Crime

Former Manse on Marsh administrator extradited to SLO County, appears in court

Former Manse on Marsh administrator Gary Potts pleaded no contest to felony elder abuse on Monday. A felony involuntary manslaughter charge was dropped.
Former Manse on Marsh administrator Gary Potts pleaded no contest to felony elder abuse on Monday. A felony involuntary manslaughter charge was dropped.

The former administrator of Manse on Marsh Assisted Living Facility who faces felony involuntary manslaughter and elder abuse charges made his first appearance in San Luis Obispo Superior Court on Tuesday after being extradited from Texas.

A judge reduced bail for Gary Lee Potts, 63, from $250,000 to $75,000 after his attorney filed a motion requesting it be lowered to $50,000. Bradley Brunon called the initial bail amount “astronomical” and that the alleged offenses “were not committed intentionally, rather, at worst, through negligence.”

Potts was arrested July 21 and held at Smith County Jail, in Tyler, Texas. He waived an extradition hearing and agreed to be returned to California.

“(Potts) has been cooperative throughout the investigation, including giving several interviews to the investigators,” Brunon, wrote.

The charges stem from a Dec. 21, 2014 incident when Manse resident Mauricio Edgar Cardenas, 65, wandered away from the San Luis Obispo facility and later was struck and killed by a car on Los Osos Valley Road, 10 miles away. Christopher Edward Skiff, owner of Manse on Marsh, also was charged in the case. Skiff is scheduled to be arraigned Thursday.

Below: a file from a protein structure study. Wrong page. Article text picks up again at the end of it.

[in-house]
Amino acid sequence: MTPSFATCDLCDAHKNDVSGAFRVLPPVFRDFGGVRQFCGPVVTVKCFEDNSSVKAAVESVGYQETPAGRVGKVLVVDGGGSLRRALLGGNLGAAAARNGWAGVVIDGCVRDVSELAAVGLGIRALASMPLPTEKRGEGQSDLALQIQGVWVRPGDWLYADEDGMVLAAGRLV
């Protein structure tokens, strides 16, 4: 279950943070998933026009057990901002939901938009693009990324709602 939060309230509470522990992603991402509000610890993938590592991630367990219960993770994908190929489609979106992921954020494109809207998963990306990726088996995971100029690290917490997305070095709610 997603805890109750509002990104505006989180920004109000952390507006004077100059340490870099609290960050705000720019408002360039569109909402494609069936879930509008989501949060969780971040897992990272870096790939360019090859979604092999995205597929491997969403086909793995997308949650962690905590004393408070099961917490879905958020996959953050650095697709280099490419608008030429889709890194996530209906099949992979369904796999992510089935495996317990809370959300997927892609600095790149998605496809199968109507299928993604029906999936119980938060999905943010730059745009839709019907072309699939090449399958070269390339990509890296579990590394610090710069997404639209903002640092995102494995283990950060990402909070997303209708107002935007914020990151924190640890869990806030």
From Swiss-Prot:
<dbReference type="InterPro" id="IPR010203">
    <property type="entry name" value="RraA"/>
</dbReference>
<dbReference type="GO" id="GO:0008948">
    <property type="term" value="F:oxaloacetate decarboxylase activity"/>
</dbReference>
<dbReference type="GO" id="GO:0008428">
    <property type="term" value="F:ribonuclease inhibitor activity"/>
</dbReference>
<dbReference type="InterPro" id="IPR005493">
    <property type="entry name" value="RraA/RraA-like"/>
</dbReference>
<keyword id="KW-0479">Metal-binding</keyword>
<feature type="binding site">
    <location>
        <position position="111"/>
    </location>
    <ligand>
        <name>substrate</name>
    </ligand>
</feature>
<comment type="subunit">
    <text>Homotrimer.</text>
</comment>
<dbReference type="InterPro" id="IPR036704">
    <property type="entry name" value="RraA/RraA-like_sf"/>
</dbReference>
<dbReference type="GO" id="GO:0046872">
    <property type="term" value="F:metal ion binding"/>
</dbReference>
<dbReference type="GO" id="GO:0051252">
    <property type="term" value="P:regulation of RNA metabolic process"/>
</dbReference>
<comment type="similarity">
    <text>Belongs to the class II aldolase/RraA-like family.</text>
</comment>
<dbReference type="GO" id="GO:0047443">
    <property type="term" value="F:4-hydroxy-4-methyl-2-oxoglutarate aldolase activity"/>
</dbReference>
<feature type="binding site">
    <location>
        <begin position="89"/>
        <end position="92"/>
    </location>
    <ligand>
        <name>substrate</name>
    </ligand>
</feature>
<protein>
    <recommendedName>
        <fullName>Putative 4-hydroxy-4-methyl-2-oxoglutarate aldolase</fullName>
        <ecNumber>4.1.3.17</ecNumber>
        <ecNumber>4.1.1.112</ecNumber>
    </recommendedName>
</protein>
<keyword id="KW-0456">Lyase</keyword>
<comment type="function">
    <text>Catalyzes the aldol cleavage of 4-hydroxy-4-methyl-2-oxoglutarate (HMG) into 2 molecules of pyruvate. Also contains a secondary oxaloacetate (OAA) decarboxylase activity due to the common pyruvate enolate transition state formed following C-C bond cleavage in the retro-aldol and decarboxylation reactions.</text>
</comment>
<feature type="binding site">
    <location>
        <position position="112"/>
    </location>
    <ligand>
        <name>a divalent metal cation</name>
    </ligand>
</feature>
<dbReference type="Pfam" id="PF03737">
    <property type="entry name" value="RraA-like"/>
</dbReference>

Investigators allege that Skiff and Potts knowingly and willfully endangered Cardenas.

“There is a solid consensus that if Mr. Cardenas had been appropriately placed in a more secure environment where his unique safety needs could have been monitored — he would still be alive today,” according to the investigation report.

The California Attorney General’s Office, which brought the case against Potts and Skiff, argued he was a flight risk, citing fears that he could flee to Mexico. The attorney general’s office alleges Potts moved from South Carolina to Texas without informing investigators.

Brunon included multiple character reference letters, which described Potts as kind, gentle, honorable and dedicated.

Brunon said $50,000 was the maximum bail Potts would be able to secure from a bondsman. A further arraignment is scheduled for Aug. 23. Potts will be held at San Luis Obispo County Jail until then.

Skiff is out of custody on $250,000 bail.

Andrew Sheeler: 805-781-7929, @andrewsheeler

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